In news that has little real affect on the Australian market but is probably an indicator of the company’s future directions, Caterpillar has announced it will discontinue production of its on-highway vocational trucks in the USA.

It is an announcement that signals another turn for Cat which has had more changes of tack than a racing yacht of late and has been mirrored in its relationship with Navistar. Here in Australia the Cat name is really just a way for Navistar to market its trucks with a Cat engine and badge to appeal to a certain sector of the market, particular when Navistar brings the International brand back here whenever that might be in future.

Caterpillar says the decision is based on the current business climate in the US truck industry and a thorough evaluation of the business.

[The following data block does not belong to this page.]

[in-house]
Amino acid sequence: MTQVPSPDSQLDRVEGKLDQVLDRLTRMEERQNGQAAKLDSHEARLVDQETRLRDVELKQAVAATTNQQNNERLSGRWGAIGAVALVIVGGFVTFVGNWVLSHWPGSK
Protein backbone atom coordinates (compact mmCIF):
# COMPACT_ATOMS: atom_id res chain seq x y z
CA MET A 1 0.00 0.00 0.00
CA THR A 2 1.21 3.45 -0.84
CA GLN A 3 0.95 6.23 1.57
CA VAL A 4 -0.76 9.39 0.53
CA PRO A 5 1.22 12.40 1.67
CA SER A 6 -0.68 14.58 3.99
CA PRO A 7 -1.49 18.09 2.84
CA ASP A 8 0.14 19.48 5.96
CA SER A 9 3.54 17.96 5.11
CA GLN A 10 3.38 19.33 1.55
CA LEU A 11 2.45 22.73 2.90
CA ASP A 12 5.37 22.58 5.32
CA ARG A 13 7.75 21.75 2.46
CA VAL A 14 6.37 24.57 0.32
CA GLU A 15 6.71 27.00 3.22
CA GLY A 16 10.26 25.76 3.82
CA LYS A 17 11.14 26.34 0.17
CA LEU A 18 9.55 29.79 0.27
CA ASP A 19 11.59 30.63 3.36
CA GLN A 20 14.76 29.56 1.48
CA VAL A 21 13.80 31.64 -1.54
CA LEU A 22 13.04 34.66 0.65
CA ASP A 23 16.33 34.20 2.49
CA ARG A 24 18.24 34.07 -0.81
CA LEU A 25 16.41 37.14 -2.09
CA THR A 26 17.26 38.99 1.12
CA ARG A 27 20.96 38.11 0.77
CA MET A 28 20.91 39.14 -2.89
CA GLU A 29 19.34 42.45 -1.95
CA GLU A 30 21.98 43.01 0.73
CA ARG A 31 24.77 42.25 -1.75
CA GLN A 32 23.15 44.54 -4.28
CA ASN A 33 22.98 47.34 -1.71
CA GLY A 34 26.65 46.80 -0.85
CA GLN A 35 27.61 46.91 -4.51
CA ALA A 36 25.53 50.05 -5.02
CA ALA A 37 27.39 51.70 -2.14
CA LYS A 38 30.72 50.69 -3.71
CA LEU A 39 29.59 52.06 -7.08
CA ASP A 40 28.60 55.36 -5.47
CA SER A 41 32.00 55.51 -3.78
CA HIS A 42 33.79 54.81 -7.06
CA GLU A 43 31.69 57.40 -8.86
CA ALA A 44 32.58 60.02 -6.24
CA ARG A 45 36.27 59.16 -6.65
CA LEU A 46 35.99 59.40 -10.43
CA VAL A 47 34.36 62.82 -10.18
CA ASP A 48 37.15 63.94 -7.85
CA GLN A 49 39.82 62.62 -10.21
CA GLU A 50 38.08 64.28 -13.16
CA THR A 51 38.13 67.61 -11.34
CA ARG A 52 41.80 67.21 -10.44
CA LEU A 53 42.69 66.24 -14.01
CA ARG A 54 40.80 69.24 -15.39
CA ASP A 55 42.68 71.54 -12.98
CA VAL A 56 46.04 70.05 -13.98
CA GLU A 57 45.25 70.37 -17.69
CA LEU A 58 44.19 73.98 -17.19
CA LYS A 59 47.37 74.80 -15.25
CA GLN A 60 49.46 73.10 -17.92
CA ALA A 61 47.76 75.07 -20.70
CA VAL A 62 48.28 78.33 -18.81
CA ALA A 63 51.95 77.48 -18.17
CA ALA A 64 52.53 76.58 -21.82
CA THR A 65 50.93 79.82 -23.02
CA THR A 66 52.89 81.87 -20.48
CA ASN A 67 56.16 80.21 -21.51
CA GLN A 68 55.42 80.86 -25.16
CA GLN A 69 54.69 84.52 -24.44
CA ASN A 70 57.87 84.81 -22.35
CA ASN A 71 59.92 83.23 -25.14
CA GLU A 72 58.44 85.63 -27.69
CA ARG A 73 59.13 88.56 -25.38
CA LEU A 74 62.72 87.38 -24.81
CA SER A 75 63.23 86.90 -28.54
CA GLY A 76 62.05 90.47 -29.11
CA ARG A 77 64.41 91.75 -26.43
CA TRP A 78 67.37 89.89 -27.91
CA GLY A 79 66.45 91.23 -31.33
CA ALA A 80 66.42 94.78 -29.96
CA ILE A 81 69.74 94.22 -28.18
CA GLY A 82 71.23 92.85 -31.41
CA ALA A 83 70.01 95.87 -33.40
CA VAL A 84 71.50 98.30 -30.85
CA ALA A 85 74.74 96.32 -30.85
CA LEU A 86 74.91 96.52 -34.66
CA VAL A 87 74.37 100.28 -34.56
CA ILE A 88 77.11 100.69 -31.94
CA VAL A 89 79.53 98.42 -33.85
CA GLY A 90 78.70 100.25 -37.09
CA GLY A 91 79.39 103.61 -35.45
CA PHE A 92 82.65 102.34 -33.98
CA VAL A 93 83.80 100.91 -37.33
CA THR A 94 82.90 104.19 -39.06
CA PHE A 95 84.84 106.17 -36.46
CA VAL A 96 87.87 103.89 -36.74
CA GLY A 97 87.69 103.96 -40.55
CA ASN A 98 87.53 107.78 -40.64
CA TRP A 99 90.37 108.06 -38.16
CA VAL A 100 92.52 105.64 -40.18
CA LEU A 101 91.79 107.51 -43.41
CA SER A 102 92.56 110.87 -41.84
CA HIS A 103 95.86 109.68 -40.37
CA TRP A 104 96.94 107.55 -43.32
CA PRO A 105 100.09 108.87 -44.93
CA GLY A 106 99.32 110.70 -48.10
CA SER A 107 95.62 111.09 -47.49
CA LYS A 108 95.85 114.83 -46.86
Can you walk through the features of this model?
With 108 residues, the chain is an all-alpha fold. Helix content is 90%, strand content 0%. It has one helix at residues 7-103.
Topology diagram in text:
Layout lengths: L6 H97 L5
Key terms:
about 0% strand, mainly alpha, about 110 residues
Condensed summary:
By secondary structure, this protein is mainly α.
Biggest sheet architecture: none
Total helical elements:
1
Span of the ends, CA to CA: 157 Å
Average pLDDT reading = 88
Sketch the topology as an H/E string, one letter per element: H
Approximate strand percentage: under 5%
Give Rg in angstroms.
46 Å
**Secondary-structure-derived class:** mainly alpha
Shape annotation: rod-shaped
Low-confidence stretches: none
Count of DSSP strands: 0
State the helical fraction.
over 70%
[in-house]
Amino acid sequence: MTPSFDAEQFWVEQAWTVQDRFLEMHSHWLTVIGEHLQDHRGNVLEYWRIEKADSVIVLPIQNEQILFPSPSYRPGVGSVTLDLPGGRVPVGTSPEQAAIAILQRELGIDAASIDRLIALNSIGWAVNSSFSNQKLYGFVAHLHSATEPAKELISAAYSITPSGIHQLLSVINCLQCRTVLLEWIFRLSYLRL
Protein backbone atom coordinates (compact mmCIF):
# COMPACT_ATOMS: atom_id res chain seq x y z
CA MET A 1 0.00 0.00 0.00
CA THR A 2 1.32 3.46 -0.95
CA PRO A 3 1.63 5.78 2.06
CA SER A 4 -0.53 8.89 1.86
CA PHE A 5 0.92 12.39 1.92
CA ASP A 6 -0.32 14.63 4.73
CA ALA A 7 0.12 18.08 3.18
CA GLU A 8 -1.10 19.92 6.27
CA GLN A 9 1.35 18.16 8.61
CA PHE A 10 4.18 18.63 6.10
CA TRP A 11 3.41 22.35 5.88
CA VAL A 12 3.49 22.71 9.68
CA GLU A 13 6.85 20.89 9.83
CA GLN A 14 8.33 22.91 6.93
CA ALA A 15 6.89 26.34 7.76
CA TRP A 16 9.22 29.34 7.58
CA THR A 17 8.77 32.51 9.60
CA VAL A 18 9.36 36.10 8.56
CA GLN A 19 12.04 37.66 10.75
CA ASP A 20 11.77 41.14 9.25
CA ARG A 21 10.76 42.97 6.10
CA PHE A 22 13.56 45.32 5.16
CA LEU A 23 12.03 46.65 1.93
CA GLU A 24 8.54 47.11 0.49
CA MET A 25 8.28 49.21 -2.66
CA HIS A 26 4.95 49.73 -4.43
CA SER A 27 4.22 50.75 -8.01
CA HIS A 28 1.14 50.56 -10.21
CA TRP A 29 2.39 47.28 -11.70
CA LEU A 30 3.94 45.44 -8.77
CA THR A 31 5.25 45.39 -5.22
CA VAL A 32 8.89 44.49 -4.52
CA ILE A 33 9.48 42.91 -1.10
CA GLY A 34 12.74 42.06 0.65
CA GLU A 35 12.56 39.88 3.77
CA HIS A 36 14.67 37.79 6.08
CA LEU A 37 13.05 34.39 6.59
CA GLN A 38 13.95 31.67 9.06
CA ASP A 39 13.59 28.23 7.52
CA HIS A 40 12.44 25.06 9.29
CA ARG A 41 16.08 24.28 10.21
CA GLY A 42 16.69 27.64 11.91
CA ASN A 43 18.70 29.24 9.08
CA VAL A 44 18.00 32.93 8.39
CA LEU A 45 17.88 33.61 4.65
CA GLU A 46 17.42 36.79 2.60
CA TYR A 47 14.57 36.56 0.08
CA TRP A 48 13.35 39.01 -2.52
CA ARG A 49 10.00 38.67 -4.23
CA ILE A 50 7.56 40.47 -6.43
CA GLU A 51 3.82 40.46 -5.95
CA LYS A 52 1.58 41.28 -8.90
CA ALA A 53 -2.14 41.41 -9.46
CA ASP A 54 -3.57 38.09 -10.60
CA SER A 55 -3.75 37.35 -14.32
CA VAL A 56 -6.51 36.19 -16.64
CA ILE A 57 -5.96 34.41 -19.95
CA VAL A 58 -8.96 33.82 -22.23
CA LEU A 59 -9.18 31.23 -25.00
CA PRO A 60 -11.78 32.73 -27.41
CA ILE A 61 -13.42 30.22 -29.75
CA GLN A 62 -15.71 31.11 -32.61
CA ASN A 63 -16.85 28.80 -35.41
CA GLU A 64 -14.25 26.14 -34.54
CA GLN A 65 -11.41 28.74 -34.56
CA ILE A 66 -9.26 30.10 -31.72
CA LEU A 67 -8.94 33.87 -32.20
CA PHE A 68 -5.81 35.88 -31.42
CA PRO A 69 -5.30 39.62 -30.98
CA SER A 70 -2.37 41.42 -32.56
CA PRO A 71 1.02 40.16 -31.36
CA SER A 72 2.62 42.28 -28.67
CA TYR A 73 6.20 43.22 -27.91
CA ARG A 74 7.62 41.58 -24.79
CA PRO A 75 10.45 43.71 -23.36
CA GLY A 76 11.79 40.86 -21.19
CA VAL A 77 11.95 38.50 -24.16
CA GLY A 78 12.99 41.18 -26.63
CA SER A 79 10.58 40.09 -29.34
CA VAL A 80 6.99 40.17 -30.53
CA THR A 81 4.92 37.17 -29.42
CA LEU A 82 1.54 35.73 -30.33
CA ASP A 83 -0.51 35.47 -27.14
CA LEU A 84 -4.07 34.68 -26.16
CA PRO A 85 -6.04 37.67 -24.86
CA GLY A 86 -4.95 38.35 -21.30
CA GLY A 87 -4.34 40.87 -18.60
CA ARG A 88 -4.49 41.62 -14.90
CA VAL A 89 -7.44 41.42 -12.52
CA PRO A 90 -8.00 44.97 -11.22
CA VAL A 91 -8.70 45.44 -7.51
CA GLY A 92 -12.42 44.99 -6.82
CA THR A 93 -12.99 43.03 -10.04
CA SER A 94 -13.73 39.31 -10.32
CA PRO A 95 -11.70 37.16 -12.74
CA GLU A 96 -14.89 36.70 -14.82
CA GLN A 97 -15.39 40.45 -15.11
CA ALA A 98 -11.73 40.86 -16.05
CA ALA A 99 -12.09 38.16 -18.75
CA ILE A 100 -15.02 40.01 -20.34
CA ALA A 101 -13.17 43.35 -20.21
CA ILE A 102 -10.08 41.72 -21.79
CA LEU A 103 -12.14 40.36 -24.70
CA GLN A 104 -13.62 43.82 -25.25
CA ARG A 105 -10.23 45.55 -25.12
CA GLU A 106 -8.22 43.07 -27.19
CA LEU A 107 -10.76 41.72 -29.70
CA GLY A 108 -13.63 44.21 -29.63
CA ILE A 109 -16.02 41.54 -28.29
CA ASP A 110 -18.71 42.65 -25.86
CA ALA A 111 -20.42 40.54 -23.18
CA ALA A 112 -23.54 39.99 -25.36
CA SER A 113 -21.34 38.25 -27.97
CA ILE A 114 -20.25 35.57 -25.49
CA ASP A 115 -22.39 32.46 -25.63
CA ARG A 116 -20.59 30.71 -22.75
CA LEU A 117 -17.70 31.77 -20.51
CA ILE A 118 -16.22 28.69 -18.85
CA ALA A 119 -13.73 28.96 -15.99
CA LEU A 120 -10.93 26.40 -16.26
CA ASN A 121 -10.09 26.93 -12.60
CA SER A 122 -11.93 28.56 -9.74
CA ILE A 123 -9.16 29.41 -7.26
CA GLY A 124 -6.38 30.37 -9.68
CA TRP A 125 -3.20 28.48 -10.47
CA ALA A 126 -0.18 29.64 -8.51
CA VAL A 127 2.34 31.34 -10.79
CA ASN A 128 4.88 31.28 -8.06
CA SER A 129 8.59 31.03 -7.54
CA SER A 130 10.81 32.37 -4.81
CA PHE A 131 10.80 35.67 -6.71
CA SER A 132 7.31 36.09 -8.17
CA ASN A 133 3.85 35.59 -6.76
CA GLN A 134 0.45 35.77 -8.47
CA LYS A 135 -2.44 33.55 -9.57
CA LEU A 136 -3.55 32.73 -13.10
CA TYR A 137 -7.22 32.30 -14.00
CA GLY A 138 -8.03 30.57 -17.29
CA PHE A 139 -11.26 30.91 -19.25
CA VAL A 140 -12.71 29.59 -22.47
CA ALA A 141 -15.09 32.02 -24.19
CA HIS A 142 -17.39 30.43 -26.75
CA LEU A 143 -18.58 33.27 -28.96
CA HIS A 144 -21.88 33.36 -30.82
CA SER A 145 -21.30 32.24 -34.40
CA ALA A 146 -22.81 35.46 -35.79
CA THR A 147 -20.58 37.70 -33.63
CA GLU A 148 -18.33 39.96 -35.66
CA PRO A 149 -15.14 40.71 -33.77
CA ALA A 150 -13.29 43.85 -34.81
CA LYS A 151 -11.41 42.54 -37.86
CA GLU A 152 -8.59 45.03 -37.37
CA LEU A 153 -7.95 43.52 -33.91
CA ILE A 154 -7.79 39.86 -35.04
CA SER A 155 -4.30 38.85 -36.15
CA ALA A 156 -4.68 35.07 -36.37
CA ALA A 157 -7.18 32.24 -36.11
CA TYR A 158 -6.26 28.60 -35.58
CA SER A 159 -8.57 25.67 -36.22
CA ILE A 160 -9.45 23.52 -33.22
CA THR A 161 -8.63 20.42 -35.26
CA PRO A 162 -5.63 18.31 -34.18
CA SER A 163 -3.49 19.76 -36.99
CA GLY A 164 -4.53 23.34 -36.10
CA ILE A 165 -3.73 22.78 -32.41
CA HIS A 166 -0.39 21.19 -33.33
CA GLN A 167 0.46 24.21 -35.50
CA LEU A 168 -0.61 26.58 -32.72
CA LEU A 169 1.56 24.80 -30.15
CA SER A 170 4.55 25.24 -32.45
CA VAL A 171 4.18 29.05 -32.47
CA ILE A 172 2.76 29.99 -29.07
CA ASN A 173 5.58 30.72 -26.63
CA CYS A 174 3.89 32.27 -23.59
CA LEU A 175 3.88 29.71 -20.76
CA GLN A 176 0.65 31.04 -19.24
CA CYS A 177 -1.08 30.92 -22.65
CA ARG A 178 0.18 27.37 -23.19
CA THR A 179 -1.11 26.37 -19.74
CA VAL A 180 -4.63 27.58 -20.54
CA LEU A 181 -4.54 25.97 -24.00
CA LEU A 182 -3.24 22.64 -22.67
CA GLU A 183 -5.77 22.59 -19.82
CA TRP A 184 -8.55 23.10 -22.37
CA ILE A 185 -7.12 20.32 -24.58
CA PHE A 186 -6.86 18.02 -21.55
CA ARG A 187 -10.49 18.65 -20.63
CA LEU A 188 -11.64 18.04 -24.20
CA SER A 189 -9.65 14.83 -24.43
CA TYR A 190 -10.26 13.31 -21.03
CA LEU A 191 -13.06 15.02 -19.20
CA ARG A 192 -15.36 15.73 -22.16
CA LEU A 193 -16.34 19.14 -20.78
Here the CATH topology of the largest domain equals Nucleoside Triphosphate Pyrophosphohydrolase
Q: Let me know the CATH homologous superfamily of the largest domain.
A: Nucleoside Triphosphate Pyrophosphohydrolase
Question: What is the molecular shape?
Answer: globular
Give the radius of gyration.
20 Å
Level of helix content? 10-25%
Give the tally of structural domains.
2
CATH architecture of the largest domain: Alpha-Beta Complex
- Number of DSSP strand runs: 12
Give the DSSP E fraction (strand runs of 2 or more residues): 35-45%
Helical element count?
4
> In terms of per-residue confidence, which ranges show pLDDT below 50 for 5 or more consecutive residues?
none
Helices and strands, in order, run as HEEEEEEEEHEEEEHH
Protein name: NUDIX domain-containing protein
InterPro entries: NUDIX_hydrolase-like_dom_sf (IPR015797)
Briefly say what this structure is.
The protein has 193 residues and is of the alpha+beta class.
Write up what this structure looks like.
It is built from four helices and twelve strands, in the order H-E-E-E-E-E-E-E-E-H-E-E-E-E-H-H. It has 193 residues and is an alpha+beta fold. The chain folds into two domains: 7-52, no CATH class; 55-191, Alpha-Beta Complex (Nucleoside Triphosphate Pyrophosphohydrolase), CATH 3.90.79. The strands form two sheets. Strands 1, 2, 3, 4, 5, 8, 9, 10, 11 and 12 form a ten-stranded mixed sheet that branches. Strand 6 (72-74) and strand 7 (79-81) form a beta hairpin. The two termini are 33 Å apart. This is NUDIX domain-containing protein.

“Remaining a viable competitor in this market would require significant additional investment to develop and launch a complete portfolio of trucks, and upon an updated review, we determined there was not a sufficient market opportunity to justify the investment,” said Ramin Younessi, vice president with responsibility for Caterpillar’s Industrial Power Systems Division.

The move signals a rapid about face for the company which only launched its first vocational truck in the North American market in 2011, working with Navistar on the products’ design and build.

It announced just last year that the relationship with Navistar was changing and that it intended to begin independently designing and manufacturing its vocational truck products at the its own Caterpillar plant in Victoria, Texas.

“We have not yet started truck production in Victoria, and this decision allows us to exit this business before the transition occurs,” said Younessi.

With the downturn in commodity prices and mining activity around the world one would have thought Cat would see the on highway sector as a way of diversifying and putting its eggs in more than one basket but there doesn’t seem to be much logic in much that Big Yellow is doing these days.